Cures for Social Phobia
Wagner, Cynthia G., The Futurist
Severe shyness in youth may become debilitating in adulthood.
Social phobia is increasingly viewed as a mental disability that is both treatable and preventable.
Social phobia goes beyond shyness: It is the extreme fear and avoidance of social situations. It is common in adults and children and is extremely debilitating, according to psychiatrists Deborah C. Beidel and Samuel M. Turner, authors of Shy Children, Phobic Adults.
Social phobia is more prevalent than once thought: Some 8% of adults and 5% of children suffer from social phobias at some time in their lives, and social phobia is the third most common mental disorder in the United States, after depression and substance abuse, according to the authors.
"Children and adults suffer significant difficulties as a result of social phobia," write Beidel and Turner. "Those with social phobia are plagued by the persistent fear that they will do something to embarrass themselves, say something stupid, or otherwise appear inept or inferior to others that will result in others developing negative impressions of them."
This extreme shyness in children can lead to developmental problems, such as not forming normal friendships and not engaging in organized group activities; as a result, they fail to develop skills essential to normal social discourse. In later life, phobic adults may avoid the experiences that cause them extreme discomfort, such as going on job interviews. If they are unable to adjust to their discomfort, their nervousness actually increases, according to Beidel and Turner.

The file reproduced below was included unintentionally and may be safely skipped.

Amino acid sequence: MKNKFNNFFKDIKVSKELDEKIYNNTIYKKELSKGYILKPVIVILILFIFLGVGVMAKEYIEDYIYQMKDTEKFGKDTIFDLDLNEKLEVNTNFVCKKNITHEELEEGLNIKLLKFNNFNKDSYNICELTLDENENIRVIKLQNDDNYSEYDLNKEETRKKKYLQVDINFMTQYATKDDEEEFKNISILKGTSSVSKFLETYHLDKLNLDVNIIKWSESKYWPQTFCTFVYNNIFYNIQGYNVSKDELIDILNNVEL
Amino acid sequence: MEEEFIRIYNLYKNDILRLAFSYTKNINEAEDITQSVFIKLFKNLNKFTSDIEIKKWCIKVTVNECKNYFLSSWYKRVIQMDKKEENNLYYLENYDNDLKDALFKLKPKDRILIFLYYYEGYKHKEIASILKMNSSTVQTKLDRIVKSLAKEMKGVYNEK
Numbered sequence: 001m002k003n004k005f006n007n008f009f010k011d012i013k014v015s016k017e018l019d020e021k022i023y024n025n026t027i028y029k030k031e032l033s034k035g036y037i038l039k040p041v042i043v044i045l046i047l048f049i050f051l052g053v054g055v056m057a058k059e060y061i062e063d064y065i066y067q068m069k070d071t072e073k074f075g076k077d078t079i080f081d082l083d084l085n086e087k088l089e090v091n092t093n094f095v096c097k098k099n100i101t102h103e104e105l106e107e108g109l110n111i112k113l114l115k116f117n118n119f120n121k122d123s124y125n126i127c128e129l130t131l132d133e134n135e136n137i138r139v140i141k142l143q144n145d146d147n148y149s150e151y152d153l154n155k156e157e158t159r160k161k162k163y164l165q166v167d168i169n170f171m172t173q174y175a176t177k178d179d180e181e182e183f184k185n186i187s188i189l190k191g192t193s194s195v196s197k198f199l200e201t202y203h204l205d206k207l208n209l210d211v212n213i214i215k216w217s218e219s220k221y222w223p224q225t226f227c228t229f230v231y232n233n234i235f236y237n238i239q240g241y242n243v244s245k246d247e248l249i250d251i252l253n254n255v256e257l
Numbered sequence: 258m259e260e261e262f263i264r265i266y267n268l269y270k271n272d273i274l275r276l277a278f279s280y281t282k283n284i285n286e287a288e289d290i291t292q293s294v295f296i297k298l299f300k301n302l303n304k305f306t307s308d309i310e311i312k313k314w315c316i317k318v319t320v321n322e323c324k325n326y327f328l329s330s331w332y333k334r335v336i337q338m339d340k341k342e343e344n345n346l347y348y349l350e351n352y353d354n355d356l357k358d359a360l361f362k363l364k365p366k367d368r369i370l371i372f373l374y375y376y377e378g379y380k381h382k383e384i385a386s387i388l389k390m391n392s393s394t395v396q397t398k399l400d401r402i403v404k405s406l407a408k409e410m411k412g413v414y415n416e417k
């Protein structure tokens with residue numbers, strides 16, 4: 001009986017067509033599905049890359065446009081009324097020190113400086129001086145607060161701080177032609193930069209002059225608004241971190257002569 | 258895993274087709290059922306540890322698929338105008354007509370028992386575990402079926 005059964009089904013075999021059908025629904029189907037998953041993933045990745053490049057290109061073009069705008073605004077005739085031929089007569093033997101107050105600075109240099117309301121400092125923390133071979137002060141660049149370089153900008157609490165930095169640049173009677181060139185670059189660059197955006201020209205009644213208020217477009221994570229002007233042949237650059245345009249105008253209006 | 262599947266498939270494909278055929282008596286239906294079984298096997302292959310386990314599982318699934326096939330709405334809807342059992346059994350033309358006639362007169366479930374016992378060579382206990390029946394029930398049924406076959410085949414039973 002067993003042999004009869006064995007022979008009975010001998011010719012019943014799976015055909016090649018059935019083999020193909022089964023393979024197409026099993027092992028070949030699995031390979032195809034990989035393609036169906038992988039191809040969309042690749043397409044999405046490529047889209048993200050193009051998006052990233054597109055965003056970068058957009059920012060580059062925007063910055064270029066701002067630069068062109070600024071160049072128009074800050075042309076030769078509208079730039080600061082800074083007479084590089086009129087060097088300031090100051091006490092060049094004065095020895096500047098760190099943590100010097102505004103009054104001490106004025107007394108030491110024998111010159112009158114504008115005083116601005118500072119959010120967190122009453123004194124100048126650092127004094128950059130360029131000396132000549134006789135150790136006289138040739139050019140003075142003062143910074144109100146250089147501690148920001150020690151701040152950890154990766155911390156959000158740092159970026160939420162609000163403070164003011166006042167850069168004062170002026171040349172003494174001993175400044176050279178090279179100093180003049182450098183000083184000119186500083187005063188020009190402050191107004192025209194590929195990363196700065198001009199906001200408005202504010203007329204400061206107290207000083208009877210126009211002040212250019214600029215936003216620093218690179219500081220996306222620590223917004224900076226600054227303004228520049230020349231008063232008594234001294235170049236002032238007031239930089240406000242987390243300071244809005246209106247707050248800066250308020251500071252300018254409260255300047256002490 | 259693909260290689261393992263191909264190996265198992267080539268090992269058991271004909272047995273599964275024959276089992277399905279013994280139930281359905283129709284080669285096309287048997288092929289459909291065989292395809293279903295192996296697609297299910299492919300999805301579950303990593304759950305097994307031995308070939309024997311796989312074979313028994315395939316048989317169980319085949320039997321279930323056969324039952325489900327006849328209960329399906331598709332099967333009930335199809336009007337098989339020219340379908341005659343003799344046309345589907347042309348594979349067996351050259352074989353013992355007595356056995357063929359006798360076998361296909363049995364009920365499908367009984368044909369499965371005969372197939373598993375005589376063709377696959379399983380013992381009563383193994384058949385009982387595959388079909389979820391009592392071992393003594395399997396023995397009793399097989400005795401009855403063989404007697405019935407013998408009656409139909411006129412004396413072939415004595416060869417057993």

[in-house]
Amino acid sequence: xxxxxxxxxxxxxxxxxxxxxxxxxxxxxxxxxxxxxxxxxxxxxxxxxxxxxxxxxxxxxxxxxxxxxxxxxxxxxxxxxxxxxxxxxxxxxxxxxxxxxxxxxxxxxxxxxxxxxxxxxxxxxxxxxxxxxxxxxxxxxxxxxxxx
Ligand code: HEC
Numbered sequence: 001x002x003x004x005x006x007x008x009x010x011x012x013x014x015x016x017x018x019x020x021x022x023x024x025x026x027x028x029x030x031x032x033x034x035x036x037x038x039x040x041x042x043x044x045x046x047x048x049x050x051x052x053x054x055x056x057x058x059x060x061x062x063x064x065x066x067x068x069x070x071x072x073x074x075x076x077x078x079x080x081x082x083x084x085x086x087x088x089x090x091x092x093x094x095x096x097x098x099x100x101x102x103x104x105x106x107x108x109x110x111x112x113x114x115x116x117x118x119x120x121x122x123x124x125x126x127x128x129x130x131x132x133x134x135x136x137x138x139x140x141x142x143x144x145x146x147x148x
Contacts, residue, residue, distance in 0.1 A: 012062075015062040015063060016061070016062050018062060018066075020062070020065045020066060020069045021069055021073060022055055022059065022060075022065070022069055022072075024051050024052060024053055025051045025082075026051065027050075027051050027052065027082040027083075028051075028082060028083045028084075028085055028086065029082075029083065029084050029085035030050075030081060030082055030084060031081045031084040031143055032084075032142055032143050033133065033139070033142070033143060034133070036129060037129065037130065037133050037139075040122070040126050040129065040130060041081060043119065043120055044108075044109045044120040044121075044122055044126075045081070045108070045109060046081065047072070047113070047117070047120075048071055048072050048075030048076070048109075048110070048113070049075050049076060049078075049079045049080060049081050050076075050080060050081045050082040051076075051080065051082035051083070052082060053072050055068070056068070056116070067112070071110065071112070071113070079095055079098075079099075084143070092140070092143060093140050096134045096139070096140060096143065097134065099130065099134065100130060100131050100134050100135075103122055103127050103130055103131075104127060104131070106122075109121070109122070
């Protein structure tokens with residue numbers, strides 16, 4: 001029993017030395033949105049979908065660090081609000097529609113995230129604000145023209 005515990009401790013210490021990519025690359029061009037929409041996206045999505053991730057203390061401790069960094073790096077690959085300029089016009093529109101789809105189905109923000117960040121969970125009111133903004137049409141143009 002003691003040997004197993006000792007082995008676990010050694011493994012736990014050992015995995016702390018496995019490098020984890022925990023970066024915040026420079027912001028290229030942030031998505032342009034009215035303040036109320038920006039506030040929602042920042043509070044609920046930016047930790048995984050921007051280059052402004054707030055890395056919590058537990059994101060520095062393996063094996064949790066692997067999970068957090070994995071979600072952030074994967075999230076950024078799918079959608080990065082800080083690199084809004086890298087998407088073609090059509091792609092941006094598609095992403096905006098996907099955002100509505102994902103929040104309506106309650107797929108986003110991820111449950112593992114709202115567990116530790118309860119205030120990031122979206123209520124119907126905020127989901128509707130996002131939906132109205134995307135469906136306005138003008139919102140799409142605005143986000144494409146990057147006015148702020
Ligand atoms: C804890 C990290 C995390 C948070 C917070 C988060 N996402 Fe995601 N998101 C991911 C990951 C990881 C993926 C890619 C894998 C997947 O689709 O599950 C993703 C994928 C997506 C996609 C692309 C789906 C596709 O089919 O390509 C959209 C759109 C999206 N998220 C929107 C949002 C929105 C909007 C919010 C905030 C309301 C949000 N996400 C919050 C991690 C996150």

Recent research suggests that one root of social phobia may be genetic; it is also possible that people develop social phobias by observing nervousness in others, such as a parent.
The good news is that, at least for adults, social phobia "is a highly treatable condition," and though less research has been done for treating childhood and adolescent social phobia, similar strategies may prove effective.
Treatments include both pharmacological and psychological strategies. Drugs such as antidepressants and beta-blockers have been used to treat anxiety. A relatively new class of antidepressants called SSRIs block the re-uptake of serotonin at the neural synapse. …